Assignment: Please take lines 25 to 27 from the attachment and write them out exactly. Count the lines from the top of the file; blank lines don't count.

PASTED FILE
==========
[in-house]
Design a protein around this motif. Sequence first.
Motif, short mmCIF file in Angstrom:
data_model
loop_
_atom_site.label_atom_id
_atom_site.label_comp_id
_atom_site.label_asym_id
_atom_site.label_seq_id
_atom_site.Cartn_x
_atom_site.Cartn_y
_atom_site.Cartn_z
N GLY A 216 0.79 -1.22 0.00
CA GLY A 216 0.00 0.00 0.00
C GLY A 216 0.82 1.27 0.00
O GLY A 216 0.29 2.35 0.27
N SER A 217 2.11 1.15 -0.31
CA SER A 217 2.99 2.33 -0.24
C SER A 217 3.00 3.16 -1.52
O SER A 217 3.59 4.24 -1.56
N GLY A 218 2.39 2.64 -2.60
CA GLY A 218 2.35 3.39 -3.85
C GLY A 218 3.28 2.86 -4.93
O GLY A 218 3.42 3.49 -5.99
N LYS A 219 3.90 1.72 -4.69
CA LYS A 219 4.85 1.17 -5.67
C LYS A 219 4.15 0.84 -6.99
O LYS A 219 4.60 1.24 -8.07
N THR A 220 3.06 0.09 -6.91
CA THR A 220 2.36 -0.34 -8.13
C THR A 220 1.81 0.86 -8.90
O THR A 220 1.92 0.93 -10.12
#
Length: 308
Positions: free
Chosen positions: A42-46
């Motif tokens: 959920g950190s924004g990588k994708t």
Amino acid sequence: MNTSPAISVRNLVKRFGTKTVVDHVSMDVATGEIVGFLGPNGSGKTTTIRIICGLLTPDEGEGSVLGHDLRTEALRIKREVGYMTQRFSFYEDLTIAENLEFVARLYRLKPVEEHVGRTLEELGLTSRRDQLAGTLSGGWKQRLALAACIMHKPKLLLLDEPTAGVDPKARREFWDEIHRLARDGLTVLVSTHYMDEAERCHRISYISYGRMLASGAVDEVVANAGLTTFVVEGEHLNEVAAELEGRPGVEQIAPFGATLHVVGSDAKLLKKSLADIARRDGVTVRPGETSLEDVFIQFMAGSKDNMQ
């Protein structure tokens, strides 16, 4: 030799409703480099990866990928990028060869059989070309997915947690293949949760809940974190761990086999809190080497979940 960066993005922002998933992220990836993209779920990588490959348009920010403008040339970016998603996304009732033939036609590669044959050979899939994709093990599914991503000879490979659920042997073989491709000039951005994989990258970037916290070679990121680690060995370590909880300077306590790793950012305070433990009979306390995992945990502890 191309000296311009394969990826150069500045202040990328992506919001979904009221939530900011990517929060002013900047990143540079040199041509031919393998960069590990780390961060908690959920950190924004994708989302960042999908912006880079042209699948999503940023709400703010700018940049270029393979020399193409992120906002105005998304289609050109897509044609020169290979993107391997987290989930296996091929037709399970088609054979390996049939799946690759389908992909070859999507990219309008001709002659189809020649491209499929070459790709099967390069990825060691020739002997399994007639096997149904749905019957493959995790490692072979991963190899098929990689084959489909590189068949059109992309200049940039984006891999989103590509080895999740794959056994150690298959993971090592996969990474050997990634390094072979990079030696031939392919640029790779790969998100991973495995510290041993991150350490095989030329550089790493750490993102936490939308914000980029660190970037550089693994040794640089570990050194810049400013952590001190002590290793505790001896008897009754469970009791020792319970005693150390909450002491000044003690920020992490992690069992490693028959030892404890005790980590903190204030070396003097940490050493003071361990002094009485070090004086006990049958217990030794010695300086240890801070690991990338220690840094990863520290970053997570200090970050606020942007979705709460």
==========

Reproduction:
N LYS A 219 3.90 1.72 -4.69
CA LYS A 219 4.85 1.17 -5.67
C LYS A 219 4.15 0.84 -6.99